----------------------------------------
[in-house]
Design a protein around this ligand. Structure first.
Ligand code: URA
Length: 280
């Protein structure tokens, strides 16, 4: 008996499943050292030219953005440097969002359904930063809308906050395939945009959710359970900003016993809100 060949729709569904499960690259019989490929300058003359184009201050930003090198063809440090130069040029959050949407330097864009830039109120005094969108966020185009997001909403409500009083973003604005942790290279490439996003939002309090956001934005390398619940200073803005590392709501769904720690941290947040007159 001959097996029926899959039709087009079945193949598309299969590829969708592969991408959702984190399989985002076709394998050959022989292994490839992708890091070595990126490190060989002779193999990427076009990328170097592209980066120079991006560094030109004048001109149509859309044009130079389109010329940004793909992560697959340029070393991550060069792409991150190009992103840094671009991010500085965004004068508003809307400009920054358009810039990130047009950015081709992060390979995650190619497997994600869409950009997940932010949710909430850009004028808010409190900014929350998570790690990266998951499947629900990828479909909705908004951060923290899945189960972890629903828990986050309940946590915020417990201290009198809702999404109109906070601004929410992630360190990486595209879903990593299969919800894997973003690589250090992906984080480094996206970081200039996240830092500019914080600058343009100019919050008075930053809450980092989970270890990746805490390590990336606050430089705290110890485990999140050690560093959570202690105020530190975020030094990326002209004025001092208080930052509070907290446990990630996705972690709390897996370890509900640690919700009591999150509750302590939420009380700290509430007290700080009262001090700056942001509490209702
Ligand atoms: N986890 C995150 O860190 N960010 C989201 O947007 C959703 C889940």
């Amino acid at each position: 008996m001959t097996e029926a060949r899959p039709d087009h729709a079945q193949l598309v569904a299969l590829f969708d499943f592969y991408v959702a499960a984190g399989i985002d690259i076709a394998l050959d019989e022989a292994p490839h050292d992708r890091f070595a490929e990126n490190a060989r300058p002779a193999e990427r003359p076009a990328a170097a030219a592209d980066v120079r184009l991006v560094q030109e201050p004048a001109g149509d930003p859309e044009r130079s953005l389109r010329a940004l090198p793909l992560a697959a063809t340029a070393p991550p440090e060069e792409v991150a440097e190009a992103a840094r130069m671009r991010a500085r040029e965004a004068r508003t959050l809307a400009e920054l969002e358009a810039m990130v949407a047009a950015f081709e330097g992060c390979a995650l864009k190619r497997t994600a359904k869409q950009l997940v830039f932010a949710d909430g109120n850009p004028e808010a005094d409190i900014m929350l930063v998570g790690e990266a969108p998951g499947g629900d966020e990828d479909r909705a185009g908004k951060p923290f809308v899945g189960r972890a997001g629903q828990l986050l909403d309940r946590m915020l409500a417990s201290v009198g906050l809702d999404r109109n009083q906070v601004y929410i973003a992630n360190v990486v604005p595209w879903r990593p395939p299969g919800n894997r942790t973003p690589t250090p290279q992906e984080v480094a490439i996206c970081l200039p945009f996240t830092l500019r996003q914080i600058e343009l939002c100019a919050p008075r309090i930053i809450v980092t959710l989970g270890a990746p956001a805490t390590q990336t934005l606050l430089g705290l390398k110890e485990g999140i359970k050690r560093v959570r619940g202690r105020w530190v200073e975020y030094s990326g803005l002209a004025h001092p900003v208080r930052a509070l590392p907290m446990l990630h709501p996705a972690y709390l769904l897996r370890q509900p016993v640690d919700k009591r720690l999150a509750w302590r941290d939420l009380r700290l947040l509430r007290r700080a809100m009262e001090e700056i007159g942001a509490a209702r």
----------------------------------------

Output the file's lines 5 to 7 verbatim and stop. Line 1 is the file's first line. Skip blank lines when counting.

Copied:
């Protein structure tokens, strides 16, 4: 008996499943050292030219953005440097969002359904930063809308906050395939945009959710359970900003016993809100 060949729709569904499960690259019989490929300058003359184009201050930003090198063809440090130069040029959050949407330097864009830039109120005094969108966020185009997001909403409500009083973003604005942790290279490439996003939002309090956001934005390398619940200073803005590392709501769904720690941290947040007159 001959097996029926899959039709087009079945193949598309299969590829969708592969991408959702984190399989985002076709394998050959022989292994490839992708890091070595990126490190060989002779193999990427076009990328170097592209980066120079991006560094030109004048001109149509859309044009130079389109010329940004793909992560697959340029070393991550060069792409991150190009992103840094671009991010500085965004004068508003809307400009920054358009810039990130047009950015081709992060390979995650190619497997994600869409950009997940932010949710909430850009004028808010409190900014929350998570790690990266998951499947629900990828479909909705908004951060923290899945189960972890629903828990986050309940946590915020417990201290009198809702999404109109906070601004929410992630360190990486595209879903990593299969919800894997973003690589250090992906984080480094996206970081200039996240830092500019914080600058343009100019919050008075930053809450980092989970270890990746805490390590990336606050430089705290110890485990999140050690560093959570202690105020530190975020030094990326002209004025001092208080930052509070907290446990990630996705972690709390897996370890509900640690919700009591999150509750302590939420009380700290509430007290700080009262001090700056942001509490209702
Ligand atoms: N986890 C995150 O860190 N960010 C989201 O947007 C959703 C889940």
């Amino acid at each position: 008996m001959t097996e029926a060949r899959p039709d087009h729709a079945q193949l598309v569904a299969l590829f969708d499943f592969y991408v959702a499960a984190g399989i985002d690259i076709a394998l050959d019989e022989a292994p490839h050292d992708r890091f070595a490929e990126n490190a060989r300058p002779a193999e990427r003359p076009a990328a170097a030219a592209d980066v120079r184009l991006v560094q030109e201050p004048a001109g149509d930003p859309e044009r130079s953005l389109r010329a940004l090198p793909l992560a697959a063809t340029a070393p991550p440090e060069e792409v991150a440097e190009a992103a840094r130069m671009r991010a500085r040029e965004a004068r508003t959050l809307a400009e920054l969002e358009a810039m990130v949407a047009a950015f081709e330097g992060c390979a995650l864009k190619r497997t994600a359904k869409q950009l997940v830039f932010a949710d909430g109120n850009p004028e808010a005094d409190i900014m929350l930063v998570g790690e990266a969108p998951g499947g629900d966020e990828d479909r909705a185009g908004k951060p923290f809308v899945g189960r972890a997001g629903q828990l986050l909403d309940r946590m915020l409500a417990s201290v009198g906050l809702d999404r109109n009083q906070v601004y929410i973003a992630n360190v990486v604005p595209w879903r990593p395939p299969g919800n894997r942790t973003p690589t250090p290279q992906e984080v480094a490439i996206c970081l200039p945009f996240t830092l500019r996003q914080i600058e343009l939002c100019a919050p008075r309090i930053i809450v980092t959710l989970g270890a990746p956001a805490t390590q990336t934005l606050l430089g705290l390398k110890e485990g999140i359970k050690r560093v959570r619940g202690r105020w530190v200073e975020y030094s990326g803005l002209a004025h001092p900003v208080r930052a509070l590392p907290m446990l990630h709501p996705a972690y709390l769904l897996r370890q509900p016993v640690d919700k009591r720690l999150a509750w302590r941290d939420l009380r700290l947040l509430r007290r700080a809100m009262e001090e700056i007159g942001a509490a209702r």